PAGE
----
STRATEGIES TO HELP CHILDREN GAIN READING CONFIDENCE
Each student is entirely different to the child sitting them next to them; they all have different interests, abilities, and strategies for learning. This makes it difficult to find a concrete strategy to help every child in your class develop into a confident reader. Before you even get to the stage of helping a child to improve their reading ability, it is essential to try and identify which part of the reading process they are struggling with. Reading Rockets’ ‘Target the Problem!’ online tool can be useful for this. Once you understand why a student is struggling, it is easier to help them develop strategies to overcome their problem.
You could write a whole book on the various strategies to help children become more confident readers so this blog will be more of a starting point than a comprehensive guide. The strategies we found fell into four main categories that we’ve called: mindset, environment, enjoyment, and consolidation.
It is important to remind yourself that students will always sit at different ability levels and that’s okay. Not every student will become a bookworm or even enjoy reading, but it is an essential skill for them to learn. Having the right mindset when attempting to help students build reading confidence is vital. The most important thing to remember (for both teacher and student) is that it’s okay to read slowly. Speed and fluency are not as important as accuracy and comprehension. It doesn’t matter if a student can read out loud flawlessly if they don’t understand what they are saying.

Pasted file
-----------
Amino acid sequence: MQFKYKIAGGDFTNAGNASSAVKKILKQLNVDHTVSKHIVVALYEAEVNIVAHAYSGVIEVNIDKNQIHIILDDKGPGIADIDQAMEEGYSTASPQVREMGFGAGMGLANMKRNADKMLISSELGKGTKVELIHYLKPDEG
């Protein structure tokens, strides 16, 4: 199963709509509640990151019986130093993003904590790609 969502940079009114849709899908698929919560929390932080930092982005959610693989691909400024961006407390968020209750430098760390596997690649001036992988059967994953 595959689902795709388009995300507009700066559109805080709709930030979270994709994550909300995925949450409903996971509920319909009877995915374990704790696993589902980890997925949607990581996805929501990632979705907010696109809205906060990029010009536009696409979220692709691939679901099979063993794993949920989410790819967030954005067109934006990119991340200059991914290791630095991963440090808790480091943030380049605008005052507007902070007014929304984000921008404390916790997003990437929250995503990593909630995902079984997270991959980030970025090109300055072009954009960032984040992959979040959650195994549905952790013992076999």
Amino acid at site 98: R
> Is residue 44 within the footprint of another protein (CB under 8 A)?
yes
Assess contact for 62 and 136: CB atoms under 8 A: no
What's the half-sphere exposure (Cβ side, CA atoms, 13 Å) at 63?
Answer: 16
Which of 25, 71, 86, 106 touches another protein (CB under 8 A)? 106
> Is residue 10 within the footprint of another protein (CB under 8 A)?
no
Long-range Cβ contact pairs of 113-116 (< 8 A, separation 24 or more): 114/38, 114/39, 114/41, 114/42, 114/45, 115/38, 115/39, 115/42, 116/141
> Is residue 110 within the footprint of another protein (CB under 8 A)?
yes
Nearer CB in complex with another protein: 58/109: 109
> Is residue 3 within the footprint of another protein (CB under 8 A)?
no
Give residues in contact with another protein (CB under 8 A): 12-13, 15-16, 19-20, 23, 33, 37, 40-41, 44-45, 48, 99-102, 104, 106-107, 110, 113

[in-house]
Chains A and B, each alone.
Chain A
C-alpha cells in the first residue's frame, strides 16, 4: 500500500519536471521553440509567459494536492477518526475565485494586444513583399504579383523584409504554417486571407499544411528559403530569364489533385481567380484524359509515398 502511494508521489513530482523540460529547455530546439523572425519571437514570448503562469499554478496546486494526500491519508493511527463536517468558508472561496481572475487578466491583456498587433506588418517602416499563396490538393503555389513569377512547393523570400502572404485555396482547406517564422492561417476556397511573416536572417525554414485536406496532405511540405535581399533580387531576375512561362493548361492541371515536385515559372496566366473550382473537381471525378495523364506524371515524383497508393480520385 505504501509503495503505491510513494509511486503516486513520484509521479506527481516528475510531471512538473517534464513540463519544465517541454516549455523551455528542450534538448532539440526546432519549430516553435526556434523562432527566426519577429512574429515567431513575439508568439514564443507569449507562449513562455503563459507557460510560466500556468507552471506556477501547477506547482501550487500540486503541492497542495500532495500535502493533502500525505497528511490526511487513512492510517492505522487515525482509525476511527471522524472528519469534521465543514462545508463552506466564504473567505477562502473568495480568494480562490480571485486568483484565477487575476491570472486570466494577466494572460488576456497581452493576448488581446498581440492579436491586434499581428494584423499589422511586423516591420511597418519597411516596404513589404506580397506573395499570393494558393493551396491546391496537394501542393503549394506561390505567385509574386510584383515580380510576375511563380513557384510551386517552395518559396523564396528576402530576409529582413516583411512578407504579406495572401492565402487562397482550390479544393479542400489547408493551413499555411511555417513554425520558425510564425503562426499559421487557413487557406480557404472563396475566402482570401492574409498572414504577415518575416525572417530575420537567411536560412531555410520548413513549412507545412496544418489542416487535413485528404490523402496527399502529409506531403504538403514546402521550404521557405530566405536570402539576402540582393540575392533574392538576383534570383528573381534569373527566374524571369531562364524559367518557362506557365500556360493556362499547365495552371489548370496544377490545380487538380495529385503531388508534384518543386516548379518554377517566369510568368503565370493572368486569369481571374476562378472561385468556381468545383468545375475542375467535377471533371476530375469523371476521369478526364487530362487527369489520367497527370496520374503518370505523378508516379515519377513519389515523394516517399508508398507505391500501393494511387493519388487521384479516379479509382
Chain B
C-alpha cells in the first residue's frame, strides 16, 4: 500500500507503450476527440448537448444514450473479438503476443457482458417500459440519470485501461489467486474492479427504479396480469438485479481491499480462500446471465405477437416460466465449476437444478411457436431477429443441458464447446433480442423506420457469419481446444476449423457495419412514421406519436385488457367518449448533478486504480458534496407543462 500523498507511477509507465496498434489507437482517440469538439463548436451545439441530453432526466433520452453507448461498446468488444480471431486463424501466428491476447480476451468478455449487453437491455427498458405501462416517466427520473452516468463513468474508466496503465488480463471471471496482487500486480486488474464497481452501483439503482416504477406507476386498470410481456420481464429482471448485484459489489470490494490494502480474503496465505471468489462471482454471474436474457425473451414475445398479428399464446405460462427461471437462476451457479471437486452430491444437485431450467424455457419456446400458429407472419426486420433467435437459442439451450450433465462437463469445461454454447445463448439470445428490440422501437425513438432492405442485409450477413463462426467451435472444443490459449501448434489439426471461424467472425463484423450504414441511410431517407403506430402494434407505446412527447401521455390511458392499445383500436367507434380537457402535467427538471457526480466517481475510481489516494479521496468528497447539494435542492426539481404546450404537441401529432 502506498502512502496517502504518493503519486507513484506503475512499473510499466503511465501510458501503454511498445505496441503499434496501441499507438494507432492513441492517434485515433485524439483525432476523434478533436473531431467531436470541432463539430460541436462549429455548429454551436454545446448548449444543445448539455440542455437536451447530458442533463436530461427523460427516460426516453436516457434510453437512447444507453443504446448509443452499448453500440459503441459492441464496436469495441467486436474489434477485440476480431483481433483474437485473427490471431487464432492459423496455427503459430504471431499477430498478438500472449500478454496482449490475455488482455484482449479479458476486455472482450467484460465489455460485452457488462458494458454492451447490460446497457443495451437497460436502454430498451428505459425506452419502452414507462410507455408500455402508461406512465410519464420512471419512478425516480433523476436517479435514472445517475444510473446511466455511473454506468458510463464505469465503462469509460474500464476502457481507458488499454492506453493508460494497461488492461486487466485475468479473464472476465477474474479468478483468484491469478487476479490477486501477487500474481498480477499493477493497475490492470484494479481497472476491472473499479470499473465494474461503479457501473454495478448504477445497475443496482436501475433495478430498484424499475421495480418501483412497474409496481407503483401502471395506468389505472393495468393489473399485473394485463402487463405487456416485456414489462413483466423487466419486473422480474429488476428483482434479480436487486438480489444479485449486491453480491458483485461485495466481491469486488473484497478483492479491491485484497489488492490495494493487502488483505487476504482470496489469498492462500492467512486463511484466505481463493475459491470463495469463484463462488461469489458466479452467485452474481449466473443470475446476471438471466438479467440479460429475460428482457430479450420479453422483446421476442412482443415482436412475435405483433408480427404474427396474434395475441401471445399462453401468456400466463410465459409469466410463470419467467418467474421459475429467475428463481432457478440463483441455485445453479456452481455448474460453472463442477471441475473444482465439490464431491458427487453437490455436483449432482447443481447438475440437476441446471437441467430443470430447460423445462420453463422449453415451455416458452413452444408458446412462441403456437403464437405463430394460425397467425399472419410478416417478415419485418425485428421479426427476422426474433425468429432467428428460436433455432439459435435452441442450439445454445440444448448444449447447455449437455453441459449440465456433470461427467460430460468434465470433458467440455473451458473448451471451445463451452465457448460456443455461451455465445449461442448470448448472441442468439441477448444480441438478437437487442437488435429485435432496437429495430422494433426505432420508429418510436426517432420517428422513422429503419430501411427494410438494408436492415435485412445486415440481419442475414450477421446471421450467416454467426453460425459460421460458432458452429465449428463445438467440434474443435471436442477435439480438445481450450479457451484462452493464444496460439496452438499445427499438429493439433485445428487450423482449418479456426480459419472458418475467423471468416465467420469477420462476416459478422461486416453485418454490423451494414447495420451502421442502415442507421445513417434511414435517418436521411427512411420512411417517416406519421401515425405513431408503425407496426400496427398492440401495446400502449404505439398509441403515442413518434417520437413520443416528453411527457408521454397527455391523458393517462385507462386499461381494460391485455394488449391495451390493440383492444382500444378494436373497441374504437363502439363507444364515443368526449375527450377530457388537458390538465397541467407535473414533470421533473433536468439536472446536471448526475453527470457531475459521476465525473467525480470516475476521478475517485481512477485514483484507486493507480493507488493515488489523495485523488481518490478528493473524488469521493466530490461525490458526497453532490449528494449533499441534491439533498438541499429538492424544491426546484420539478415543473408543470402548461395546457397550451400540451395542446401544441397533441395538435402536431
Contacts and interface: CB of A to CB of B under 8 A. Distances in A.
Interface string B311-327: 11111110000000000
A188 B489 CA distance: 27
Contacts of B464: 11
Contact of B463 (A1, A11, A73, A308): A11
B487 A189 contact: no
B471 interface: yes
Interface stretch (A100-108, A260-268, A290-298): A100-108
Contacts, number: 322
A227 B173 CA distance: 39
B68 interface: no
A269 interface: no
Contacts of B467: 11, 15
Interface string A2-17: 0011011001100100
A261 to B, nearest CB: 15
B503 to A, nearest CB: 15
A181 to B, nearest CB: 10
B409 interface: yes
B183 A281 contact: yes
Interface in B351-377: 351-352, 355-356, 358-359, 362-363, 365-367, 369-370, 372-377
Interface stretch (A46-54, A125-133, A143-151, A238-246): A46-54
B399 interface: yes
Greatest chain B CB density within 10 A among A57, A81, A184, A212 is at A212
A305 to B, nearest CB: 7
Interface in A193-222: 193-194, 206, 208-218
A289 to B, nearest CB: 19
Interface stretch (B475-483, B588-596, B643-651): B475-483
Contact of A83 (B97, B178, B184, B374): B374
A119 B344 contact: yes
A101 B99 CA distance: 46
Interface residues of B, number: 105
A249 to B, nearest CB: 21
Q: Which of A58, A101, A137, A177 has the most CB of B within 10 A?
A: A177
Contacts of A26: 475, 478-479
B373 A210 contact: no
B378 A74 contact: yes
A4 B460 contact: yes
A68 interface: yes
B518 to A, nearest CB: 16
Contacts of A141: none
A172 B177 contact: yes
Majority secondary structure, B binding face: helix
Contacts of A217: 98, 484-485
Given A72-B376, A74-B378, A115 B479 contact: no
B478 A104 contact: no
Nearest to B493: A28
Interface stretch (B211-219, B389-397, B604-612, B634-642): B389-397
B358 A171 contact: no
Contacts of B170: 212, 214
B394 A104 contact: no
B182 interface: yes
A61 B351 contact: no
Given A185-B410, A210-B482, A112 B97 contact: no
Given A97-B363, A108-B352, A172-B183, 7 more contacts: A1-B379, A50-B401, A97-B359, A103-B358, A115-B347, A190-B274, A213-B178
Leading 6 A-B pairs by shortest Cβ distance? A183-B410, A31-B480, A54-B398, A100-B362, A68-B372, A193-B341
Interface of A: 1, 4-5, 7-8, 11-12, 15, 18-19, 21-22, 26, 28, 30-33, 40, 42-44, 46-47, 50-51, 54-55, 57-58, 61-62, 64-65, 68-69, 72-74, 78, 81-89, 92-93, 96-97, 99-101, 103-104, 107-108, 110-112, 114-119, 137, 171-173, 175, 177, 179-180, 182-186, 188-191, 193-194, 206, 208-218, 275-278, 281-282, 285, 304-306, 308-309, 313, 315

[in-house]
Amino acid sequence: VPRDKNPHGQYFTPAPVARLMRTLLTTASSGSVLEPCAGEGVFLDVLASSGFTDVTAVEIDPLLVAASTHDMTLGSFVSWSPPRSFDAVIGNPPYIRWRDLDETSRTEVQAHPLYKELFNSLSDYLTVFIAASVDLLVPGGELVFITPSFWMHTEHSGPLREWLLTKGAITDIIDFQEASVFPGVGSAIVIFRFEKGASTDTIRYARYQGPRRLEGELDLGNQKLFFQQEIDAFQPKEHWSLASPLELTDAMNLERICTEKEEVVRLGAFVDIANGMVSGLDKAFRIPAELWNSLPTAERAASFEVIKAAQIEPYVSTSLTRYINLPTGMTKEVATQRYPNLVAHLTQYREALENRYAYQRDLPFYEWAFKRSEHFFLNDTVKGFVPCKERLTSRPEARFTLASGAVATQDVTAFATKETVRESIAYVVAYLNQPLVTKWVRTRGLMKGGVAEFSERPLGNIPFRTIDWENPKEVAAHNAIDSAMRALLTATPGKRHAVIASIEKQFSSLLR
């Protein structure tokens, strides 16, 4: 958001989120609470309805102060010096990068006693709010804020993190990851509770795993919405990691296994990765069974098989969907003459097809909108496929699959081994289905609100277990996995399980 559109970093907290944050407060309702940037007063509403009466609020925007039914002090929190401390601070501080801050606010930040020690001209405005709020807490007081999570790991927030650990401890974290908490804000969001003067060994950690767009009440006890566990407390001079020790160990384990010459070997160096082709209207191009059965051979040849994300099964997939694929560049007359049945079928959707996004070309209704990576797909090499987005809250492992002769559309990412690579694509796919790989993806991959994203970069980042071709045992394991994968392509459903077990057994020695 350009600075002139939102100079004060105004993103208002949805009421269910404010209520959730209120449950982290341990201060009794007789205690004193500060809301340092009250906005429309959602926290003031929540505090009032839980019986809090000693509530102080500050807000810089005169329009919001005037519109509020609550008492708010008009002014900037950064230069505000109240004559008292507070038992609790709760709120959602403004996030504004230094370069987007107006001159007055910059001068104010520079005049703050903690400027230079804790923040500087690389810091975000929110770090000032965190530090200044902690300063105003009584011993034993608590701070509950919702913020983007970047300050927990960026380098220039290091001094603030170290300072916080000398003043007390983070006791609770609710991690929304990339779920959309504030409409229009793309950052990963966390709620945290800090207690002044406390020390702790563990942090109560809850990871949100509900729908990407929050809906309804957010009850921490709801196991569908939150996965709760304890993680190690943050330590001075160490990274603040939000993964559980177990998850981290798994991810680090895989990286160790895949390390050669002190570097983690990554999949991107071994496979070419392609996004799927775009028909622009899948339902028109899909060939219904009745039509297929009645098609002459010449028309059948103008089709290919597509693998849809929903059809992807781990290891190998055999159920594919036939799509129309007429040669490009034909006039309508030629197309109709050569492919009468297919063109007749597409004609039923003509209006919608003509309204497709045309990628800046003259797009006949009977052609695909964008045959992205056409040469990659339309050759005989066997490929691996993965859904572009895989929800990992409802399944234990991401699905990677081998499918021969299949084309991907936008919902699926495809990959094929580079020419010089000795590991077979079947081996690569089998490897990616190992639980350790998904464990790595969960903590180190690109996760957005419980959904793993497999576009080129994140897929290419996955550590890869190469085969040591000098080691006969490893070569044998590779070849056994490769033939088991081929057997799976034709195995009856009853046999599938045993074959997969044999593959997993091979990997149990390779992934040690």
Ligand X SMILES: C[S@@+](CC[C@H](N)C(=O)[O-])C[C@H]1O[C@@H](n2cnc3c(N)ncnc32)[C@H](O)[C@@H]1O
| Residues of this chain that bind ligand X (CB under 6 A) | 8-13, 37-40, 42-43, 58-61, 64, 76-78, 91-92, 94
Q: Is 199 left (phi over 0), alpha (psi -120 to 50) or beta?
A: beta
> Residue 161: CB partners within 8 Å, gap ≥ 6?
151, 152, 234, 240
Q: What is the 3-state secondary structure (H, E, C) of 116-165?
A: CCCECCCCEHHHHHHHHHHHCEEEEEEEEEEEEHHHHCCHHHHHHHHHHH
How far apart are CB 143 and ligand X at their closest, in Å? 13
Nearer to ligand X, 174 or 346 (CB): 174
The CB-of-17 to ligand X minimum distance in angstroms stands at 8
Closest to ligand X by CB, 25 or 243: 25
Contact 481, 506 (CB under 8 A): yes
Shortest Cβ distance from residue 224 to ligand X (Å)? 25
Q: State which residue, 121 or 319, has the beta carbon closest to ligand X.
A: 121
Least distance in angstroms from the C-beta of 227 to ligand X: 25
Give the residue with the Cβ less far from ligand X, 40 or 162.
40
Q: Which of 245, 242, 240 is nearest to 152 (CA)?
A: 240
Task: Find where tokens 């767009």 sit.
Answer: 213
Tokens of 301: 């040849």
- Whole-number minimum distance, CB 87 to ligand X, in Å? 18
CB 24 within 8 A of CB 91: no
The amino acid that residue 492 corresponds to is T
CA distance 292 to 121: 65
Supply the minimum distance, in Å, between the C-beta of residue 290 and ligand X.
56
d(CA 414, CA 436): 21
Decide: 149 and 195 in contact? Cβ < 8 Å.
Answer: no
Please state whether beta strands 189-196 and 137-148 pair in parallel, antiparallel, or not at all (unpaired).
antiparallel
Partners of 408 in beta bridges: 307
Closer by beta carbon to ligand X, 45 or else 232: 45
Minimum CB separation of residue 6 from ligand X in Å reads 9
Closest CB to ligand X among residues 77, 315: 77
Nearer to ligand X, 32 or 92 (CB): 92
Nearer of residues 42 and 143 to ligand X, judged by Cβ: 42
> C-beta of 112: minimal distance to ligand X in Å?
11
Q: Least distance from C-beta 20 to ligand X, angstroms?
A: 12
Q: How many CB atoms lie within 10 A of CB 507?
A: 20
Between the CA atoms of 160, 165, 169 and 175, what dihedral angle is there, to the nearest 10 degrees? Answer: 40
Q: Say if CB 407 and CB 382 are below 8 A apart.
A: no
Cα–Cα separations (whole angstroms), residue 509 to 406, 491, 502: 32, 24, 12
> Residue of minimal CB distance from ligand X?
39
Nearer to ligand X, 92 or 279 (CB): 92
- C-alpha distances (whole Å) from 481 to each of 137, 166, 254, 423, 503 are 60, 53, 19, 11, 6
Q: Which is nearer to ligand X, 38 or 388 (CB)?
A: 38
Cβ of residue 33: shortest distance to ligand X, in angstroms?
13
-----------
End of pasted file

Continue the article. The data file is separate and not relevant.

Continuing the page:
Help students to develop strategies that play to their strengths and celebrate every success, even if it’s just with a high-five. It’s vital that any plan you create contains smaller, concrete goals to remind students that they are progressing even if they are not quite where they want to be. It doesn’t matter if they are taking small steps, as long as they are moving forward.
The classroom environment impacts students’ learning capabilities on all fronts, but especially in areas where they don’t feel confident. Creating a safe environment where children feel supported to read at their own pace is crucial. Having opportunities to read and plenty of books and other reading materials available creates a space where reading is part of the norm. Children are also more likely to read if they can choose what and how they want to read. Making a daily habit of ‘reading time’, either out loud to the class or in groups, gives students a consistent chance to work on their reading ability. It also lets them know that during this time it is always okay to ask questions about reading.
If you find specific questions being repeated, hang labelled diagrams, or other word filled posters around the classroom as a reminder. Grouping readers by ability level can be a great way to tailor reading time to address specific problems that children are having while teaching them to support their fellow students.